top 10 arguments in favour of capitalism debunked.

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thomas81
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01 May 2014, 4:33 pm

[youtube]http://www.youtube.com/watch?v=pI6a7WySFsU[/youtube]


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GGPViper
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01 May 2014, 5:21 pm

Here is a short commentary to each point:

10. Capitalism promotes innovation:

True.

http://rpsychologist.com/img/PubMed_pub ... capita.png

9. Free markets increase economic development.

True.

I have 500 million reasons why this is true. They are all in Chinese, though.

8. But aren't markets a rational means of organising economic life?

See my response to (9). Apparently more rational than alternatives... also see my response to (1)

7. But surely we can prevent bad business practices through ethical consumerism.

Ethical consumerism has nothing to do with capitalism. Why is it even in the video?

6. Don't government regulations address the question of bad practices?

They do.

Centuries - nay, millennia - of legal developments have provided a framework which allows individuals who have never seen each other and do not speak the same language to benefit from trade by establishing laws of property, business, commercial agreements etc.

Also see my responses to (10) and (9).

5. But don't you buy things from corporations? Don't that make you a hypocrite?

The video provided no explanation here other than invoking Godwin's Law.

4. Capitalists put risk in their businesses! Surely, they should own them!

... another Godwin's Law.

... and here is a good one from the video: "There may have been economic risks for setting up slave plantations"

3. But living standards improve overall, even for the poor!

... Apparently, the author of the video doesn't care about the living standards of the poor. See my response to (9).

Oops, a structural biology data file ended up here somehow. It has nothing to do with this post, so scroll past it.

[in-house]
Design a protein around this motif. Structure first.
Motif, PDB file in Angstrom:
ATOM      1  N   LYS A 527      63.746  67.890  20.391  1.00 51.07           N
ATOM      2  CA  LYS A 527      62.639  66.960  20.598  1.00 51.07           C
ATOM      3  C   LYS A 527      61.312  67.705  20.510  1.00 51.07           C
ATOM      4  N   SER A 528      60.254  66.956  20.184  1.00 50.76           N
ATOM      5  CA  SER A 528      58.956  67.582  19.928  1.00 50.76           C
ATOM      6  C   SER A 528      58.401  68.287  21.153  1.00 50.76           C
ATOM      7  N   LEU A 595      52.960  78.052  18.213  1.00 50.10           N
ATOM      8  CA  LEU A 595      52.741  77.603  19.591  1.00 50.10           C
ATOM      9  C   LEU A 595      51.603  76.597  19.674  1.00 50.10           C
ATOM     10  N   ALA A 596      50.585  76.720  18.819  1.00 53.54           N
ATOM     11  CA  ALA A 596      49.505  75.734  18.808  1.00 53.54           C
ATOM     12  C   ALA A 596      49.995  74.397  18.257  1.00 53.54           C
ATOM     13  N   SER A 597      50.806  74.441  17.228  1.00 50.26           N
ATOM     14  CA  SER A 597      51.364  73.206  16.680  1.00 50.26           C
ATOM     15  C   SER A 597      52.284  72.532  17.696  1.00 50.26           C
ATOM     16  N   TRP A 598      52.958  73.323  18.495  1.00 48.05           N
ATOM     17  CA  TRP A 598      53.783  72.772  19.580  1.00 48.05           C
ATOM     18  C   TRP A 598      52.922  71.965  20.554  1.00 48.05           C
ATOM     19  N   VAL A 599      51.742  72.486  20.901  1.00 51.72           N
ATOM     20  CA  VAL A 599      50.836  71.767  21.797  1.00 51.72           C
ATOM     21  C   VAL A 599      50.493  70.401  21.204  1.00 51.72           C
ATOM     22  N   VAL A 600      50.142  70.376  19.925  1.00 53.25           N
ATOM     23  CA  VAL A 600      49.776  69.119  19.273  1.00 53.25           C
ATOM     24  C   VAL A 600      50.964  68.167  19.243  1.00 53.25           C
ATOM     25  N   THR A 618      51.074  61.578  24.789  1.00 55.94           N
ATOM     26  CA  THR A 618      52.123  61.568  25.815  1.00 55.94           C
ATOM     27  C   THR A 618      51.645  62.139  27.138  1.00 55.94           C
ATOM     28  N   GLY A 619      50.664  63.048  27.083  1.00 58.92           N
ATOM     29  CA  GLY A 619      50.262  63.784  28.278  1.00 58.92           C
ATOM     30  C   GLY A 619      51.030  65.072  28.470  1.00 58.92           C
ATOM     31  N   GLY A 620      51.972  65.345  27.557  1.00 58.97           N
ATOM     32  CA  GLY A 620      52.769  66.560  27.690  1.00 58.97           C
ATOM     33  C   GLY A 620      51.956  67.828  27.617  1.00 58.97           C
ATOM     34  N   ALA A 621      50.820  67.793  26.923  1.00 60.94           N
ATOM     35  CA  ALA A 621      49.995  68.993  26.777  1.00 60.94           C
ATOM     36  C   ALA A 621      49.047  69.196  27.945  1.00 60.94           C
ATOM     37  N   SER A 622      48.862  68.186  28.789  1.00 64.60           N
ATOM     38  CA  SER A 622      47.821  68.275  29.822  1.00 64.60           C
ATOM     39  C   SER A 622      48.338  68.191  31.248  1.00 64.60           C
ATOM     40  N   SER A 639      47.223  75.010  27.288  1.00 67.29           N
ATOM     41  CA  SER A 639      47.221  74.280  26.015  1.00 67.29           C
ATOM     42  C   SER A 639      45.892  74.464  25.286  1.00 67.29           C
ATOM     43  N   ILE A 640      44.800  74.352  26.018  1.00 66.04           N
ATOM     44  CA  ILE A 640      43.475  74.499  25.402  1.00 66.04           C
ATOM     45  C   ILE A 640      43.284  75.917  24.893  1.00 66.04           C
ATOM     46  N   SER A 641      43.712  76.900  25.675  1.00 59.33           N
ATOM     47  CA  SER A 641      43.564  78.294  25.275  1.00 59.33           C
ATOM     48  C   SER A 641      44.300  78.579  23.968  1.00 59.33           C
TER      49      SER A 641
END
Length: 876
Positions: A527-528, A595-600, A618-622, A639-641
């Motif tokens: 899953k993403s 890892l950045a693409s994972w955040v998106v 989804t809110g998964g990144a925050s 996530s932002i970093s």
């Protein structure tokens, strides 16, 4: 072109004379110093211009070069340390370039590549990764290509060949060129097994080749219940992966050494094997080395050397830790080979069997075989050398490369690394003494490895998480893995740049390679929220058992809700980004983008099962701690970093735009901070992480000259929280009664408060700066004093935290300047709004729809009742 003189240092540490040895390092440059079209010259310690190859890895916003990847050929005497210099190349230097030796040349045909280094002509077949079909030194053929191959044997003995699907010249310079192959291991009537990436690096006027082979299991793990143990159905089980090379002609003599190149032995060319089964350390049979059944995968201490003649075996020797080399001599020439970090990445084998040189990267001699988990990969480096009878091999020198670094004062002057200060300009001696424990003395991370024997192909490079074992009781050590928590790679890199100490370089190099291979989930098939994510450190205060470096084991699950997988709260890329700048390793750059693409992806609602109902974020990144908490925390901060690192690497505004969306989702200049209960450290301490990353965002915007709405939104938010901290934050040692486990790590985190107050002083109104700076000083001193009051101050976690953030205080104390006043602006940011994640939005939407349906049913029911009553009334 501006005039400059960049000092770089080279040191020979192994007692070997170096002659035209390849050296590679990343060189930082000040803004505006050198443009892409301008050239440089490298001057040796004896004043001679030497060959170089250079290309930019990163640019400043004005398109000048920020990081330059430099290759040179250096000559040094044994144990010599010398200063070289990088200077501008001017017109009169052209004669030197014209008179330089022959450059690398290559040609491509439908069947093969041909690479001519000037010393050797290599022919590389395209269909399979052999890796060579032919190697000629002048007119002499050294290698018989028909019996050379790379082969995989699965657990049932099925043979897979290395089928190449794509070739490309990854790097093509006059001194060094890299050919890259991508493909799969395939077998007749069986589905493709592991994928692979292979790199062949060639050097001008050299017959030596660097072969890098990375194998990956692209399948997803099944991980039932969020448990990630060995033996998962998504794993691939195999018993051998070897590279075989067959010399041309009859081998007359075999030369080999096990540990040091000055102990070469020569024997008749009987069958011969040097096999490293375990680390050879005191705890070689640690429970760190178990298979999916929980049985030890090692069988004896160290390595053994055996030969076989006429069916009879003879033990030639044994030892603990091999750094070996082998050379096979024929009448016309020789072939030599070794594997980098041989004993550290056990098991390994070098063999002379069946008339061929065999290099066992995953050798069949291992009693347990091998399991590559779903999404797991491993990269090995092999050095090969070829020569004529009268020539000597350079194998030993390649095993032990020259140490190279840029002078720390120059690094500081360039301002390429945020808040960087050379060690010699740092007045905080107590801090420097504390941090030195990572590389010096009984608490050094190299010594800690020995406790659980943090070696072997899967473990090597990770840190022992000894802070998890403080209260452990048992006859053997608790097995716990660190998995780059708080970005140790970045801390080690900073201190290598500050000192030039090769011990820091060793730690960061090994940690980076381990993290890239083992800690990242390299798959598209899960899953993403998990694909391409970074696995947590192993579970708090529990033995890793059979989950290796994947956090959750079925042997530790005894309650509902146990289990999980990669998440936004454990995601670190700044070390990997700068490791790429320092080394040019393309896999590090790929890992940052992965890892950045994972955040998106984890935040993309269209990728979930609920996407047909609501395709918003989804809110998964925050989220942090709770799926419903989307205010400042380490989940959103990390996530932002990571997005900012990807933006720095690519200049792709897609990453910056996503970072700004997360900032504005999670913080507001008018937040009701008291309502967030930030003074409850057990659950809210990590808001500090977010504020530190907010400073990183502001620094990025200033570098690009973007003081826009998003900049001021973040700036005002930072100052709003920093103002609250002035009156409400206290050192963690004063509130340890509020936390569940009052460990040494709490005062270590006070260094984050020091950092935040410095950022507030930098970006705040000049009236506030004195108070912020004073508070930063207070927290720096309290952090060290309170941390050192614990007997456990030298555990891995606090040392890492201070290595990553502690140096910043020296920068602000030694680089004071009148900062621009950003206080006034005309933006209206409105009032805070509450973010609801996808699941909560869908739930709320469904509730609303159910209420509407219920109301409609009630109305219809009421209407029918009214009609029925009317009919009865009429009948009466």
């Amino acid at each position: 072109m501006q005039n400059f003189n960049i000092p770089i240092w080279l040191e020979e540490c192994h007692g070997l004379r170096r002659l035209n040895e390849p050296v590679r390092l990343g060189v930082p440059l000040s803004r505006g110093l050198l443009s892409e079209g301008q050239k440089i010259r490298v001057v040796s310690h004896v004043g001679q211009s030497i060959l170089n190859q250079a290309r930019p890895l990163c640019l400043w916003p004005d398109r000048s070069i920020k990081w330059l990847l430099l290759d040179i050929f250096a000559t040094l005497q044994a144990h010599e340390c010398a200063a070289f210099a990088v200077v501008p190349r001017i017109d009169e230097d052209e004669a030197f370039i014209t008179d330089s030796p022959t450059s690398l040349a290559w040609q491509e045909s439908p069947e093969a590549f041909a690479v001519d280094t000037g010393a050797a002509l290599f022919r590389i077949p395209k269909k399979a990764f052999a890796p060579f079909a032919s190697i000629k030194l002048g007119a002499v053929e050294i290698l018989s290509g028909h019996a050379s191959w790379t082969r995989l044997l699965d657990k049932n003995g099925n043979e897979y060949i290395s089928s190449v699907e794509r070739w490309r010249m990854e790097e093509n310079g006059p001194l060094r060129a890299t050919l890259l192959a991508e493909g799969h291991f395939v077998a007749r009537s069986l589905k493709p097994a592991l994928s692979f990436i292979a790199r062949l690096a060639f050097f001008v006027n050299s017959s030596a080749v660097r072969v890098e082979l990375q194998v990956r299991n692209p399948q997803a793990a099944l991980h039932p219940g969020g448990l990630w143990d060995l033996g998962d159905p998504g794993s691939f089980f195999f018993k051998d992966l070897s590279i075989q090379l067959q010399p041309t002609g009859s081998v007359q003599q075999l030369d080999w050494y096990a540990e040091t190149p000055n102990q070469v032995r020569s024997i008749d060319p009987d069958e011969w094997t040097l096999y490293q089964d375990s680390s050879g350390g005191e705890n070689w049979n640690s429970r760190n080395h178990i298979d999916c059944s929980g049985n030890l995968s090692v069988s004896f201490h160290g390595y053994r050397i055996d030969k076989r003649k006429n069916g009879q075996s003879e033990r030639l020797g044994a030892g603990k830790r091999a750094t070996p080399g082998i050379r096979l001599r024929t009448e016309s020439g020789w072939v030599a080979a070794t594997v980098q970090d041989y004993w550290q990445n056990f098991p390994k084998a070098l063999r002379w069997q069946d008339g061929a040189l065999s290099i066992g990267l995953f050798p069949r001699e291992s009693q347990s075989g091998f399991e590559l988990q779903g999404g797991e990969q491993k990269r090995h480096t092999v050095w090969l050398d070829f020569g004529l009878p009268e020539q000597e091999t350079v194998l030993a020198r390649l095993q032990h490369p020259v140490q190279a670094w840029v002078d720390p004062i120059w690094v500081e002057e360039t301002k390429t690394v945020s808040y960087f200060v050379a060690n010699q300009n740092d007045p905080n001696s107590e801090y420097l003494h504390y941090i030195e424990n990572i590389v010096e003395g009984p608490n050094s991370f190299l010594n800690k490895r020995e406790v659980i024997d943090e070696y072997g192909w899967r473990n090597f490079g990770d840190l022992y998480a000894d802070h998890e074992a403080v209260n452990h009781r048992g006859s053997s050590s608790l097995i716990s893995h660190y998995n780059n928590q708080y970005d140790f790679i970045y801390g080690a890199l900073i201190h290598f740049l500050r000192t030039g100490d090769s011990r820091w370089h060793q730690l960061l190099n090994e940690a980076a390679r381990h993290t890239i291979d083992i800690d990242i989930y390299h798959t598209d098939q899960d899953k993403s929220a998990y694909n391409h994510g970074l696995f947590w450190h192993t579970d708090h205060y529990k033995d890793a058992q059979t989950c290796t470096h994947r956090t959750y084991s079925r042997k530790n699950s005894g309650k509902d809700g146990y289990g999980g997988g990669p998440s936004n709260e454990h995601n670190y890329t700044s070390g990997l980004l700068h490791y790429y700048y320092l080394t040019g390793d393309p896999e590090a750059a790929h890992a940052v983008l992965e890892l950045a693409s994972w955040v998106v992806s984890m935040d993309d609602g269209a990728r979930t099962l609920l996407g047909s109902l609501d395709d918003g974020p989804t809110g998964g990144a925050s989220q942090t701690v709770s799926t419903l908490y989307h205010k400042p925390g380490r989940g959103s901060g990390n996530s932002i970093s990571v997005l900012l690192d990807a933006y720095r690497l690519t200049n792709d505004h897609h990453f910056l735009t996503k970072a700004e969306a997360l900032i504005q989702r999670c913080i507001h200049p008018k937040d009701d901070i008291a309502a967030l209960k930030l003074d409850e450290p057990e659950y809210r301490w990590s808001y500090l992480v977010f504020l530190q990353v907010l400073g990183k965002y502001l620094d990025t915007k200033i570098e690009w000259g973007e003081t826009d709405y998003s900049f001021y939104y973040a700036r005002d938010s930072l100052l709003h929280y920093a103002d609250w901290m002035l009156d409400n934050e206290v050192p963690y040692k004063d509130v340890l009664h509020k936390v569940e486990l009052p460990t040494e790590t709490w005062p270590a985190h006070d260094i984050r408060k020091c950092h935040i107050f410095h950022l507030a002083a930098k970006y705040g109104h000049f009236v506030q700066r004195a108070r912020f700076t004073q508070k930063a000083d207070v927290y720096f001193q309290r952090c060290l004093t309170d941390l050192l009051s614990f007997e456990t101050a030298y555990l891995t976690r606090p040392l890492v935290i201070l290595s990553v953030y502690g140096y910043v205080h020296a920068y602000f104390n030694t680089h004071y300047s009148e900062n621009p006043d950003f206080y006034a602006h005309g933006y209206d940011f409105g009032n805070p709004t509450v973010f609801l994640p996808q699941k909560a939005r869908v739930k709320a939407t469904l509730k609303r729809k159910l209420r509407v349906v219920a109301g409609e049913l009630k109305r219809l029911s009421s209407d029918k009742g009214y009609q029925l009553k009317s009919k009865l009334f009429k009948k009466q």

... and *another* Godwin's Law...

2. But capitalism is a result of human nature!

Partly true. Capitalism works because of human nature.

http://www.uvm.edu/~pdodds/files/papers ... n1964a.pdf
http://www.nbb.cornell.edu/wkoenig/wick ... 201971.pdf

The only way a socialist system can work is if human beings had evolved through group selection. All but a few biologists (like E.O. Wilson and & D.S. Wilson) reject this as extremely implausible. As a result, individual self-interest is both (1) theoretically expected by biology and (2) empirically observed by economics to be a dominant feature in human motivation.

1. Capitalism is the only system that's possible. There is no alternative!

... "a study published in a journal called Ecological Economics...

Ecological Economics is not a scientific discipline. It assumes that it can derive ought from is. It cannot.

Oh, and... (another gem):

"By alternatives, I do not mean some centrally planned Leninist State. I mean libertarian socialism, in which the workers - not the government - own and control the means of production, and the surplus producing workers control the surplus. The anarchy-syndicalists of the Spanish managed to create a working alternative to capitalism, taking the Spanish economy under worker control, expanding the health care system and improving literacy rates."

... the Spanish Anarchy-Syndicalists, like the Paris Commune, failed miserably in the end...

Oh, and this: http://en.wikipedia.org/wiki/Nirvana_fallacy

Summary
1. Capitalism has outperformed any other economic system by massive margins in its efficiency and its ability to create wealth and alleviate poverty.

2. The only real threat to capitalism is its inability to tackle environmental issues, but apparently a lot of people consider it a higher priority to compare capitalism to failed has-been and never-was ideologies.

3. The intellectual level presented in the video was below that of a 15 year old.

EDIT: My apologies. There are many who are 15 year old or younger who vastly surpass the intellectual level presented in the video.


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Kurgan
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01 May 2014, 5:28 pm